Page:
Miracle in Turin
TURIN--It will go down as the most important game in the history of women's hockey.
Now, you see, there are three.
With criticism of the women's game having hit new heights during the past week because of a series of lopsided scores, it may well be that Sweden's absolutely shocking 3-2 shootout victory over the United States this evening at the Palasport Olimpico will be the match that saves women's hockey as a viable sport in the Winter Olympics.
For the first time in any major women's competition - world championship or Olympics - it will not be Canada vs. the U.S. in the final. Sweden, having never beaten either country, fell behind 2-0 against the Americans but fought back to tie 2-2, largely on the basis of a breathtaking goaltending exhibition by Kim Martin.
Both Swedish goals were scored by star forward Maria Rooth, and it was Rooth again in the shootout who ripped a wrist shot past Chanda Gunn in the U.S. net to send her country into the gold medal game on Monday.
It was an upset perhaps even greater than that of the 1980 Miracle on Ice in Lake Placid when the U.S. men upset the mighty Russians, for that had happened before. In fact, the Americans had been Olympic champions at Squaw Valley in 1960.
Moreover, the women's game has desperately been hoping that one of the non-North American nations would rise to challenge Canada and the U.S. and blunt growing skepticism about the legitimacy of having women's hockey in the Olympics.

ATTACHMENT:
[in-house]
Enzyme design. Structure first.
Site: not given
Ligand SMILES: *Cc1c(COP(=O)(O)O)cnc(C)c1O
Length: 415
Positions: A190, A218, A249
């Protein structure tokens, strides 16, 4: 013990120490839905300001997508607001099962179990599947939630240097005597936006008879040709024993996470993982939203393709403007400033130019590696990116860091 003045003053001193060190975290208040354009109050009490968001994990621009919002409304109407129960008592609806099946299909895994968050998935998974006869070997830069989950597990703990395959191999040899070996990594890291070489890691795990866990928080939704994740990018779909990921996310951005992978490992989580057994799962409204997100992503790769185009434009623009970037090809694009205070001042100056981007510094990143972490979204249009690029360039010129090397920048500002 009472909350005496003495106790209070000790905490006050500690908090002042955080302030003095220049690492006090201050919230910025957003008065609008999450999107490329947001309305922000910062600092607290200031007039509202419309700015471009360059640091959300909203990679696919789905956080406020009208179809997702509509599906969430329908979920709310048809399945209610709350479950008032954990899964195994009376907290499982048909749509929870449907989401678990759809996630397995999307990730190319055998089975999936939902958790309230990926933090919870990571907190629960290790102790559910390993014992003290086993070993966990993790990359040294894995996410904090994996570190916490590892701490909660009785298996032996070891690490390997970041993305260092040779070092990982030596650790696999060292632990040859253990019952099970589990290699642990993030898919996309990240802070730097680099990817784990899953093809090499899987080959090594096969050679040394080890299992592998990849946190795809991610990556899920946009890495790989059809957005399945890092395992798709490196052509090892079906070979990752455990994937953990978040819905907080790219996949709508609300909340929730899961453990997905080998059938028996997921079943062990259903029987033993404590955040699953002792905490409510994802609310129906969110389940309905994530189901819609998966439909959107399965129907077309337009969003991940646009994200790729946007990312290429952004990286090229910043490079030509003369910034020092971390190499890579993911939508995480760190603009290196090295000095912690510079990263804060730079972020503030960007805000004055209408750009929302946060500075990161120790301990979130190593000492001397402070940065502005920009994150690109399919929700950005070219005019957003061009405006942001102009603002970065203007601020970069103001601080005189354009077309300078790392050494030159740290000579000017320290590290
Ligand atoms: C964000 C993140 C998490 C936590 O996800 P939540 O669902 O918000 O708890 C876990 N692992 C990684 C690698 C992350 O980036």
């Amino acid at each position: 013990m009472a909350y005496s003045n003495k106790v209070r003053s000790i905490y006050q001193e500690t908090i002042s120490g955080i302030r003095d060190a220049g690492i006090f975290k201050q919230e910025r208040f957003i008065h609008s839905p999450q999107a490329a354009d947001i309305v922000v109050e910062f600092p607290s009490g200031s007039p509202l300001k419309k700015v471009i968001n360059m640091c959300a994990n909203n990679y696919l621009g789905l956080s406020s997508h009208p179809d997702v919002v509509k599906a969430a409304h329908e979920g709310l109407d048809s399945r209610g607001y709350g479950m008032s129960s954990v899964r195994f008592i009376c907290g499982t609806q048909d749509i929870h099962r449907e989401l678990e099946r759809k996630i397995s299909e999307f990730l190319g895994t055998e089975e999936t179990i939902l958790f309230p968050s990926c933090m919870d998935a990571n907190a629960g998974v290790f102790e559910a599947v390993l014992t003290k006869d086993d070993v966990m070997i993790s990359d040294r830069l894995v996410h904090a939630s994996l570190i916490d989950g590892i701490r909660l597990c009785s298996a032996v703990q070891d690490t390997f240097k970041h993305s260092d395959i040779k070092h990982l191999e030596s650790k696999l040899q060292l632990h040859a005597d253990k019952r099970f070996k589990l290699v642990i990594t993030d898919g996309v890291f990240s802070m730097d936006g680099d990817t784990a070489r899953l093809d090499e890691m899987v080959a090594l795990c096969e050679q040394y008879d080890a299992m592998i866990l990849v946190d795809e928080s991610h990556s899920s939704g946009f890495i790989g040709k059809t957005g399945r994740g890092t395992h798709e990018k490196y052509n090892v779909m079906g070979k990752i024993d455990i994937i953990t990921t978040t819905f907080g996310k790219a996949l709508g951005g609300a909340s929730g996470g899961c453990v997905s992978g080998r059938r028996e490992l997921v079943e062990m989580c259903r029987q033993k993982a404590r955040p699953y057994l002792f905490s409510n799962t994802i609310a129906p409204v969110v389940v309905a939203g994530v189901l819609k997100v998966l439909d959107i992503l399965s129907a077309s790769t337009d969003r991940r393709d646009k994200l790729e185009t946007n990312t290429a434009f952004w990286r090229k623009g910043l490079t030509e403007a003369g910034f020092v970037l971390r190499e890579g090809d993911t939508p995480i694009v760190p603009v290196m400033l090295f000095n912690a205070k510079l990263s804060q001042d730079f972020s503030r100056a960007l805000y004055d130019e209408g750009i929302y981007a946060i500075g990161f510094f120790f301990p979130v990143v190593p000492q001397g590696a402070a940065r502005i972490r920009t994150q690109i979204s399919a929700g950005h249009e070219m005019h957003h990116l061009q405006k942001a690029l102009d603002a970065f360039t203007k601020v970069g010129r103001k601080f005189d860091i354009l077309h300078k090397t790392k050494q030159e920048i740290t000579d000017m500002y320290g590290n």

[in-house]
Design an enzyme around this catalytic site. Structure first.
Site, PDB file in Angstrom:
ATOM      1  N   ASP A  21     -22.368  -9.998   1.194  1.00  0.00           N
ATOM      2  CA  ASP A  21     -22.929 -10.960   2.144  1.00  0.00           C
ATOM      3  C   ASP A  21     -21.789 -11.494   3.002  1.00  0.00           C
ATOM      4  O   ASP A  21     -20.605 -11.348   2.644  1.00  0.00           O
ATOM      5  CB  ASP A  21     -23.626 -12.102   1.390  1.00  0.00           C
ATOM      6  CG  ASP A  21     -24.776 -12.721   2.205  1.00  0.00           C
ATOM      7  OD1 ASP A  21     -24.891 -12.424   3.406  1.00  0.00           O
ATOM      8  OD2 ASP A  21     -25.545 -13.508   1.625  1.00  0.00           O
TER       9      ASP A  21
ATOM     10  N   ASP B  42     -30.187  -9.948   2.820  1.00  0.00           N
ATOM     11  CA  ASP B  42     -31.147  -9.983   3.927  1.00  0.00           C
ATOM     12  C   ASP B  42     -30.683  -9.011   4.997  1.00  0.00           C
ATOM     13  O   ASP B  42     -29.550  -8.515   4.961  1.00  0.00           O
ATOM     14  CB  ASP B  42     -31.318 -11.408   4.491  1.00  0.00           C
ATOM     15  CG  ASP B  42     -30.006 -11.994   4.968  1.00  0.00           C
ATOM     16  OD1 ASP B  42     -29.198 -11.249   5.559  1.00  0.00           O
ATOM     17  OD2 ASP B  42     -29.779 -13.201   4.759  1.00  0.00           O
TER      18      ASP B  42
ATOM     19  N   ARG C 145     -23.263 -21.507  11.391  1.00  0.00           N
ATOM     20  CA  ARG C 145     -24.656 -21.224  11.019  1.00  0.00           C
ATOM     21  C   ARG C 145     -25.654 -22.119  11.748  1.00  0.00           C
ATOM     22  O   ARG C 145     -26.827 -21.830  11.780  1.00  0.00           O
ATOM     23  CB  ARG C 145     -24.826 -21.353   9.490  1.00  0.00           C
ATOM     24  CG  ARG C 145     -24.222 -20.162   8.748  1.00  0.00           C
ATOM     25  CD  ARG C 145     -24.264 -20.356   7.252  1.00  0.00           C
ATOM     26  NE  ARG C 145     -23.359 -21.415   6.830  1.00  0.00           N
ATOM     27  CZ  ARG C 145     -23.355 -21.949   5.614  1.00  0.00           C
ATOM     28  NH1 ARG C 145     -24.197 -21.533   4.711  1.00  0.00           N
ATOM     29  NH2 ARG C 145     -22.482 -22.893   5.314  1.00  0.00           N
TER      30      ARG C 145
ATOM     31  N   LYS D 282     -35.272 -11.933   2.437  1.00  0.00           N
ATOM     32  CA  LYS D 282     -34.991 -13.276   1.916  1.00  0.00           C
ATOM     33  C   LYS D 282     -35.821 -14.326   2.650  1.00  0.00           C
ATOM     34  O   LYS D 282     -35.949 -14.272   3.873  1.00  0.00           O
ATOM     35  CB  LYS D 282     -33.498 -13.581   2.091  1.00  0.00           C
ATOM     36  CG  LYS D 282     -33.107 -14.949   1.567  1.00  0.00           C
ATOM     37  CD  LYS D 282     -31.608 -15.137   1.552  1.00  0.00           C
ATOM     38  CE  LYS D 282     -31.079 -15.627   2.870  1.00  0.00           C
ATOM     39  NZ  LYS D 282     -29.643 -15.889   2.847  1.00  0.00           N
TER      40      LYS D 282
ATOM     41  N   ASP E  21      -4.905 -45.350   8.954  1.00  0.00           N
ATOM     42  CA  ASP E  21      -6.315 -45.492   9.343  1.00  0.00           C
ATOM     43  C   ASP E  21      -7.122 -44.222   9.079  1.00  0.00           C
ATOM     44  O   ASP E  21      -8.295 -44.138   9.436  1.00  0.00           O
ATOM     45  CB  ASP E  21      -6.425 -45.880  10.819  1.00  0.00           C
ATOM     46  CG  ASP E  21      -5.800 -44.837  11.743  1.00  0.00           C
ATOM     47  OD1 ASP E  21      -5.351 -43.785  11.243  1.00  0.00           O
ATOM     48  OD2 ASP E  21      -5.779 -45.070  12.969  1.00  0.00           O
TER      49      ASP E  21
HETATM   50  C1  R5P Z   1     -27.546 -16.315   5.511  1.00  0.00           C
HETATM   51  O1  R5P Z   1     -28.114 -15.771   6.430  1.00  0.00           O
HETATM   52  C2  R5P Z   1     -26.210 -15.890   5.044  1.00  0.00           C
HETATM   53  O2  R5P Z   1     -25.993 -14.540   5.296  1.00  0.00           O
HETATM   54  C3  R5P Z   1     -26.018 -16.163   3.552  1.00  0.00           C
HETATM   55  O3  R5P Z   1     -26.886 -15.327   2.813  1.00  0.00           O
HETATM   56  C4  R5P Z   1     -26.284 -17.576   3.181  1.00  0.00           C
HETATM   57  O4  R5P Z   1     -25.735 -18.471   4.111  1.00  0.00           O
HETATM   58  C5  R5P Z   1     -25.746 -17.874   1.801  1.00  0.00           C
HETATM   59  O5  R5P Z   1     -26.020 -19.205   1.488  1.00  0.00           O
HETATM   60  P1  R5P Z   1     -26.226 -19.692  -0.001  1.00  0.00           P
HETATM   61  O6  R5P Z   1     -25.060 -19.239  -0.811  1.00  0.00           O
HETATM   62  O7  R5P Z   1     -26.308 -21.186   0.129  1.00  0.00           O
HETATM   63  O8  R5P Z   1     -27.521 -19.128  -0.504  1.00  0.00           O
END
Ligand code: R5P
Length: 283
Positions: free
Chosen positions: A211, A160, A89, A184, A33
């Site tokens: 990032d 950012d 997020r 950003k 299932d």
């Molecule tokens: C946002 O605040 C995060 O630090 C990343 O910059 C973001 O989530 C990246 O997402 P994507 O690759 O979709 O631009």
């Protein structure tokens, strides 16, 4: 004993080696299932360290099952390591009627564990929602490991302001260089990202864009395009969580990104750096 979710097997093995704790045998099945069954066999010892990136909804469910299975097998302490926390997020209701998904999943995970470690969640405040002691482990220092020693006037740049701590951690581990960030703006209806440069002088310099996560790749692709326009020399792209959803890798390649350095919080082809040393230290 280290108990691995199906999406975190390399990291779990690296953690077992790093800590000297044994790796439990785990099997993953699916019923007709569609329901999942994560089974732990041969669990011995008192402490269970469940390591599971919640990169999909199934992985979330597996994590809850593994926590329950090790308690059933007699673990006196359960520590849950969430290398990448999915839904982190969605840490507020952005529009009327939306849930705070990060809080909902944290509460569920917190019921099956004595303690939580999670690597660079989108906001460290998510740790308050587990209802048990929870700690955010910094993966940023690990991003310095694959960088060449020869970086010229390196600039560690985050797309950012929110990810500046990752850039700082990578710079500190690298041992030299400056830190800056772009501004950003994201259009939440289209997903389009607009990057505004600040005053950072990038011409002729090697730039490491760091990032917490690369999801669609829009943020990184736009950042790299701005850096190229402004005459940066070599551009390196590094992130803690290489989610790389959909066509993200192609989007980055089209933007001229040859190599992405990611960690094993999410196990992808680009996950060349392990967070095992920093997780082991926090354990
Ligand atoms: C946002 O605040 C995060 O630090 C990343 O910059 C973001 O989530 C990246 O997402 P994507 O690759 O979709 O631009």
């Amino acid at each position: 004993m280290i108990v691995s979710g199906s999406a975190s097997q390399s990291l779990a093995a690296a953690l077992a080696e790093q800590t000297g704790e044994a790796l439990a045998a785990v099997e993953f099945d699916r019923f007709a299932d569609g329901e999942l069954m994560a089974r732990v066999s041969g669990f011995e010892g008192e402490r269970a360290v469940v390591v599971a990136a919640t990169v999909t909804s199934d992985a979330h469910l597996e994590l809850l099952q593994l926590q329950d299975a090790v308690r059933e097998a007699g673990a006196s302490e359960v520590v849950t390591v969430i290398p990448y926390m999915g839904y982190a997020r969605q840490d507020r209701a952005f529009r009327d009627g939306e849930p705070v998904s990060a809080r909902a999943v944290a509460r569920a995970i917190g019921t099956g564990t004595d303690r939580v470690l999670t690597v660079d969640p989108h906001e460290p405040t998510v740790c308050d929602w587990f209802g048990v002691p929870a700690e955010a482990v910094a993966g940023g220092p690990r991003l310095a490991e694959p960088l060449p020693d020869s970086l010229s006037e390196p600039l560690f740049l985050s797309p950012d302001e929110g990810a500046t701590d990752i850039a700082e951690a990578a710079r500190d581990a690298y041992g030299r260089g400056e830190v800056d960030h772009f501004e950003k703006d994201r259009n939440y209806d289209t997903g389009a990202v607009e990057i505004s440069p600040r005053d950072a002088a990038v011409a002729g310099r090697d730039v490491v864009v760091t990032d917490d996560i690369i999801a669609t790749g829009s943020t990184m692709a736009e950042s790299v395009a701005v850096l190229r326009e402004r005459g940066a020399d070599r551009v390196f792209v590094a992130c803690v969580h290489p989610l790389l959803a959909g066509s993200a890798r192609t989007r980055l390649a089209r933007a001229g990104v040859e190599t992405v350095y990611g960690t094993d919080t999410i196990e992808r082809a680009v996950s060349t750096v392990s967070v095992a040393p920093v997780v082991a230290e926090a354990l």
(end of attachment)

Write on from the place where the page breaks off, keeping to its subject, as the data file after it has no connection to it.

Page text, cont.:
Those criticisms are now gone, at least temporarily, and perhaps forever.
Sweden will now try to ride Martin's brilliance to gold, and just getting to Monday's game will offer enormous encouragement to other women's hockey nations, particularly Russia, China and Switzerland, countries who have been trying to develop the sport.
Martin stopped four straight American shots in the shootout, and while the Swedes poured off the bench after Rooth scored, the U.S. players leaned against the bench in apparent disbelief. After collecting themselves, however, they moved into a circle at centre ice, raised their sticks and saluted the fans in a warm show of sportsmanship.
The U.S. lost today, but even the American players understood that the women's game won. Big.